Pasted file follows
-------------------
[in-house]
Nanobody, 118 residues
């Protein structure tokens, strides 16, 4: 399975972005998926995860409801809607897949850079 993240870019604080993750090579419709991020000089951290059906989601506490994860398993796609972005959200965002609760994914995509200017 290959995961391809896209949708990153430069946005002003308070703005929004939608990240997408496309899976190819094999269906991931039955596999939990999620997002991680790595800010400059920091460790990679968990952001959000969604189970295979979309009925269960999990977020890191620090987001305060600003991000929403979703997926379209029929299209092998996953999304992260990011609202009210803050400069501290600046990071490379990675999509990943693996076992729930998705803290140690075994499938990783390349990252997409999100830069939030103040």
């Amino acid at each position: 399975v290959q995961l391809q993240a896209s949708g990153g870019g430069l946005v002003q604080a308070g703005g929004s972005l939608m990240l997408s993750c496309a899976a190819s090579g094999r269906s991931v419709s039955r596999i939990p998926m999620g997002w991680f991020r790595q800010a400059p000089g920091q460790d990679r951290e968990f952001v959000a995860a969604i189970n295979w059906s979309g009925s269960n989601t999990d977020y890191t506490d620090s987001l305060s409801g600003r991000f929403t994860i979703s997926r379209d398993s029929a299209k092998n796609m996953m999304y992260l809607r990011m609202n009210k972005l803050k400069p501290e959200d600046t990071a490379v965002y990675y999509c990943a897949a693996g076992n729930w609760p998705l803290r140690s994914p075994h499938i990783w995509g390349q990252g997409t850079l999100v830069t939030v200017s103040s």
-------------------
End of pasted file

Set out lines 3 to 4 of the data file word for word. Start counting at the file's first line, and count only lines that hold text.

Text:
């Protein structure tokens, strides 16, 4: 399975972005998926995860409801809607897949850079 993240870019604080993750090579419709991020000089951290059906989601506490994860398993796609972005959200965002609760994914995509200017 290959995961391809896209949708990153430069946005002003308070703005929004939608990240997408496309899976190819094999269906991931039955596999939990999620997002991680790595800010400059920091460790990679968990952001959000969604189970295979979309009925269960999990977020890191620090987001305060600003991000929403979703997926379209029929299209092998996953999304992260990011609202009210803050400069501290600046990071490379990675999509990943693996076992729930998705803290140690075994499938990783390349990252997409999100830069939030103040």
């Amino acid at each position: 399975v290959q995961l391809q993240a896209s949708g990153g870019g430069l946005v002003q604080a308070g703005g929004s972005l939608m990240l997408s993750c496309a899976a190819s090579g094999r269906s991931v419709s039955r596999i939990p998926m999620g997002w991680f991020r790595q800010a400059p000089g920091q460790d990679r951290e968990f952001v959000a995860a969604i189970n295979w059906s979309g009925s269960n989601t999990d977020y890191t506490d620090s987001l305060s409801g600003r991000f929403t994860i979703s997926r379209d398993s029929a299209k092998n796609m996953m999304y992260l809607r990011m609202n009210k972005l803050k400069p501290e959200d600046t990071a490379v965002y990675y999509c990943a897949a693996g076992n729930w609760p998705l803290r140690s994914p075994h499938i990783w995509g390349q990252g997409t850079l999100v830069t939030v200017s103040s």